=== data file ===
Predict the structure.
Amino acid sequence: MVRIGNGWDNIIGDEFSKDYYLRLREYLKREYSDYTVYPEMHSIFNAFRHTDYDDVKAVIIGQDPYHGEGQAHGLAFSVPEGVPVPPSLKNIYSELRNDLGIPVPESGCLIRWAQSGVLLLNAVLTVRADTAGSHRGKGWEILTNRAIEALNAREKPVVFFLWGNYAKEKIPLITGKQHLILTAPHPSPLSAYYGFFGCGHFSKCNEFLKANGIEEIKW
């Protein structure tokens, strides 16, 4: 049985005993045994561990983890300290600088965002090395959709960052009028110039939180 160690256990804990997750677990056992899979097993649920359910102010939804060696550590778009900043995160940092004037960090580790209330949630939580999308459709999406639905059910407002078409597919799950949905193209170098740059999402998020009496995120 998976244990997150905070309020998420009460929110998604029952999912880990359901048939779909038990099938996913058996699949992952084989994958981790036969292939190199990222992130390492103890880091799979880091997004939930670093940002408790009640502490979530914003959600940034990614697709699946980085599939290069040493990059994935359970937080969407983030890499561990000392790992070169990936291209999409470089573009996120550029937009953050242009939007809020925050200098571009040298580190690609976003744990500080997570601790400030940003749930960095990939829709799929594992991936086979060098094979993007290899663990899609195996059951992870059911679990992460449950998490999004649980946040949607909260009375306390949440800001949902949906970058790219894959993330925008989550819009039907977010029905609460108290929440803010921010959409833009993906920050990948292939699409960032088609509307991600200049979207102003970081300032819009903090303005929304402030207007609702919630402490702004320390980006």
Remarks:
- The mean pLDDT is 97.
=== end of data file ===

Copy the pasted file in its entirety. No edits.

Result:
Predict the structure.
Amino acid sequence: MVRIGNGWDNIIGDEFSKDYYLRLREYLKREYSDYTVYPEMHSIFNAFRHTDYDDVKAVIIGQDPYHGEGQAHGLAFSVPEGVPVPPSLKNIYSELRNDLGIPVPESGCLIRWAQSGVLLLNAVLTVRADTAGSHRGKGWEILTNRAIEALNAREKPVVFFLWGNYAKEKIPLITGKQHLILTAPHPSPLSAYYGFFGCGHFSKCNEFLKANGIEEIKW
């Protein structure tokens, strides 16, 4: 049985005993045994561990983890300290600088965002090395959709960052009028110039939180 160690256990804990997750677990056992899979097993649920359910102010939804060696550590778009900043995160940092004037960090580790209330949630939580999308459709999406639905059910407002078409597919799950949905193209170098740059999402998020009496995120 998976244990997150905070309020998420009460929110998604029952999912880990359901048939779909038990099938996913058996699949992952084989994958981790036969292939190199990222992130390492103890880091799979880091997004939930670093940002408790009640502490979530914003959600940034990614697709699946980085599939290069040493990059994935359970937080969407983030890499561990000392790992070169990936291209999409470089573009996120550029937009953050242009939007809020925050200098571009040298580190690609976003744990500080997570601790400030940003749930960095990939829709799929594992991936086979060098094979993007290899663990899609195996059951992870059911679990992460449950998490999004649980946040949607909260009375306390949440800001949902949906970058790219894959993330925008989550819009039907977010029905609460108290929440803010921010959409833009993906920050990948292939699409960032088609509307991600200049979207102003970081300032819009903090303005929304402030207007609702919630402490702004320390980006």
Remarks:
- The mean pLDDT is 97.